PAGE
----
We’ve all been there before: the alarm rings at an ungodly hour, and leaving our warm, cozy bed to get a start on our day borders on torture. This is even worse later in the year, when it’s cold and often still dark outside when we have to wake up and be productive.
Some people have no trouble getting out of bed in the morning; for others it’s a chore, even though they’ve gotten enough sleep. So, what are the causes of early-morning grogginess and what can we do about it? In this article, we’ll share a few tricks and tips that will make getting up early a little easier and help you be more productive in the morning hours.
Trouble getting out of bed in the morning: Causes
There are actually many reasons for fatigue or grogginess in the morning; it’s not just a matter of not getting enough sleep. Fatigue is usually a sign of some sort of deficiency, ie, that the body is lacking something. This can be sleep, exercise, oxygen, fluids, vitamins or minerals.
In addition, our internal clock also has a major influence on whether we’re more active in the morning or evening. Our internal clock controls certain biological processes in our body, such as the release of particular hormones and when our peak performance takes place. It thus determines which so-called chronotype we belong to, i.e. whether we’re more productive early in the morning or late in the evening.
How our internal clock makes us morning or evening people
It seems that our internal clock is mainly genetically determined, but it can change over the years due to both external and internal influences. For example, children are most active in the morning, while teens are more active in the evening. When we reach old age, we are again most active in the morning. As with our internal clock, our sleep rhythm can also change.
In the late evening, our body temperature slowly begins to fall and our brain releases the sleep hormone melatonin. In the morning, our body temperature starts to rise again and our adrenal glands release increasing amounts of the stress hormone cortisol. Although our internal clock is determined by genetic predisposition, there are some factors that can influence it.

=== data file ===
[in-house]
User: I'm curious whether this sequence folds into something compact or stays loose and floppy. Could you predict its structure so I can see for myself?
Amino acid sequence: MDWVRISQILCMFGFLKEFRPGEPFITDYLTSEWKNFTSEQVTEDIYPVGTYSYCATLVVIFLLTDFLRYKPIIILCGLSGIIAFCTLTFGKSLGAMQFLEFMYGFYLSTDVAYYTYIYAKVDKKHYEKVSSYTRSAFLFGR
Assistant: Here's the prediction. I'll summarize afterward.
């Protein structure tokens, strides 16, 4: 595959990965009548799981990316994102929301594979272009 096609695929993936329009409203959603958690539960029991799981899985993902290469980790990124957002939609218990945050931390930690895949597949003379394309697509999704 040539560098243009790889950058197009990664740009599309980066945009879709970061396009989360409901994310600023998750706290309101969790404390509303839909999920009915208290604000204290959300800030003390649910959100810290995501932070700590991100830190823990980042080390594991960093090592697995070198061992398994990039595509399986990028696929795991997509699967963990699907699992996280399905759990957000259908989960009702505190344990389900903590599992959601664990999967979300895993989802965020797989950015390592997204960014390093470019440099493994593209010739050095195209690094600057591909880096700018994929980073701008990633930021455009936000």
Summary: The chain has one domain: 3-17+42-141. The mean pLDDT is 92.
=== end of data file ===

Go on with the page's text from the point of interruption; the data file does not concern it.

These include sunlight, taking a nap in the afternoon, and exercise. Everyone experiences a drop in energy during the day and should get some rest to recharge for later. Exposure to light helps release melatonin and physical activity has been consistently shown to improve our sleep.
What time should you get up in the morning?
Rising early is associated with various benefits, such as greater productivity, more balanced mood and a trimmer waistline. According to this, early risers tend towards slimness and have fewer weight problems. According to some studies, getting up early can even help with depression.
According to many experts and successful people, 5 o’clock is the optimal time to wake up in the morning. They find themselves the most productive and creative at that time. However, the majority of Germans (55%) get up between 6 a.m. and 8 a.m. on work days and later than 8 a.m. on days off. The average Swiss person wakes up at 6:37 a.m. on workdays.
If you don’t wake up at 5 a.m. with the world’s strivers, you shouldn't force yourself to do so immediately. If you want to try waking up that early, it’s better to do so gradually by going to bed a half hour earlier and waking up a half hour earlier each day.
That said, you might find that this just doesn’t work for you. If that’s the case, listen to your body.